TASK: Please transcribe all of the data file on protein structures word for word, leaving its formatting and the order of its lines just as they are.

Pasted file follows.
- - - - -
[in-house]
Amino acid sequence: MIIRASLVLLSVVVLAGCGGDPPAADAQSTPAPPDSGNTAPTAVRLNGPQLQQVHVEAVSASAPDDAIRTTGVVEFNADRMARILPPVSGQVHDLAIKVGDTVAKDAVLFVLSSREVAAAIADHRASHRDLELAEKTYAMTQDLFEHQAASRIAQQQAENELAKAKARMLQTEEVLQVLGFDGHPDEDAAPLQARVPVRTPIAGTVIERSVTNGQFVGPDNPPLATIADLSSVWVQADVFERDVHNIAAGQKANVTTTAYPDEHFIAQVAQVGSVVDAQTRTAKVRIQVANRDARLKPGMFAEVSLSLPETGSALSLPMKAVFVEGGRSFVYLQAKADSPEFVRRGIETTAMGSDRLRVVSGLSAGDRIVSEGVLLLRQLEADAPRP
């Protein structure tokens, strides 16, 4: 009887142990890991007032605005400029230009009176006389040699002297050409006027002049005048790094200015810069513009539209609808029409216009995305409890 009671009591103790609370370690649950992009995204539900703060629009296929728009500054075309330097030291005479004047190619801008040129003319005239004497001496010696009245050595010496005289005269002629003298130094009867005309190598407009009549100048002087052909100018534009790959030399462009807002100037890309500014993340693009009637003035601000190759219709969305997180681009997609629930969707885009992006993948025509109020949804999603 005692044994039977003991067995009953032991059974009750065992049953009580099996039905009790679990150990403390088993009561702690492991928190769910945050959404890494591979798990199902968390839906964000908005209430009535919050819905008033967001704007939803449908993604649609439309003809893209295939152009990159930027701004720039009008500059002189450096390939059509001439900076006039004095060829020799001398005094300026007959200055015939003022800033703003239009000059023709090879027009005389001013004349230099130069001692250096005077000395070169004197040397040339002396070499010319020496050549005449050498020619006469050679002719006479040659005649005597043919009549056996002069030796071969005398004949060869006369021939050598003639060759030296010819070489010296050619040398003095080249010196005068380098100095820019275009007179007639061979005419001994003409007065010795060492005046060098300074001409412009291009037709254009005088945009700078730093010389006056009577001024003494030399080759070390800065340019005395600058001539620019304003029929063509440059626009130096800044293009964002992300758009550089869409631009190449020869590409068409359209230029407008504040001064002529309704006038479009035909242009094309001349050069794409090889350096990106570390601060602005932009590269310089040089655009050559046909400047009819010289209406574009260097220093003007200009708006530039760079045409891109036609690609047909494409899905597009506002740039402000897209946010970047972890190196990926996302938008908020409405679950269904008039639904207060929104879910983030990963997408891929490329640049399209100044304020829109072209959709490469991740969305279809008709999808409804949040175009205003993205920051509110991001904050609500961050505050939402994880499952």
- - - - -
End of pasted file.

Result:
[in-house]
Amino acid sequence: MIIRASLVLLSVVVLAGCGGDPPAADAQSTPAPPDSGNTAPTAVRLNGPQLQQVHVEAVSASAPDDAIRTTGVVEFNADRMARILPPVSGQVHDLAIKVGDTVAKDAVLFVLSSREVAAAIADHRASHRDLELAEKTYAMTQDLFEHQAASRIAQQQAENELAKAKARMLQTEEVLQVLGFDGHPDEDAAPLQARVPVRTPIAGTVIERSVTNGQFVGPDNPPLATIADLSSVWVQADVFERDVHNIAAGQKANVTTTAYPDEHFIAQVAQVGSVVDAQTRTAKVRIQVANRDARLKPGMFAEVSLSLPETGSALSLPMKAVFVEGGRSFVYLQAKADSPEFVRRGIETTAMGSDRLRVVSGLSAGDRIVSEGVLLLRQLEADAPRP
């Protein structure tokens, strides 16, 4: 009887142990890991007032605005400029230009009176006389040699002297050409006027002049005048790094200015810069513009539209609808029409216009995305409890 009671009591103790609370370690649950992009995204539900703060629009296929728009500054075309330097030291005479004047190619801008040129003319005239004497001496010696009245050595010496005289005269002629003298130094009867005309190598407009009549100048002087052909100018534009790959030399462009807002100037890309500014993340693009009637003035601000190759219709969305997180681009997609629930969707885009992006993948025509109020949804999603 005692044994039977003991067995009953032991059974009750065992049953009580099996039905009790679990150990403390088993009561702690492991928190769910945050959404890494591979798990199902968390839906964000908005209430009535919050819905008033967001704007939803449908993604649609439309003809893209295939152009990159930027701004720039009008500059002189450096390939059509001439900076006039004095060829020799001398005094300026007959200055015939003022800033703003239009000059023709090879027009005389001013004349230099130069001692250096005077000395070169004197040397040339002396070499010319020496050549005449050498020619006469050679002719006479040659005649005597043919009549056996002069030796071969005398004949060869006369021939050598003639060759030296010819070489010296050619040398003095080249010196005068380098100095820019275009007179007639061979005419001994003409007065010795060492005046060098300074001409412009291009037709254009005088945009700078730093010389006056009577001024003494030399080759070390800065340019005395600058001539620019304003029929063509440059626009130096800044293009964002992300758009550089869409631009190449020869590409068409359209230029407008504040001064002529309704006038479009035909242009094309001349050069794409090889350096990106570390601060602005932009590269310089040089655009050559046909400047009819010289209406574009260097220093003007200009708006530039760079045409891109036609690609047909494409899905597009506002740039402000897209946010970047972890190196990926996302938008908020409405679950269904008039639904207060929104879910983030990963997408891929490329640049399209100044304020829109072209959709490469991740969305279809008709999808409804949040175009205003993205920051509110991001904050609500961050505050939402994880499952």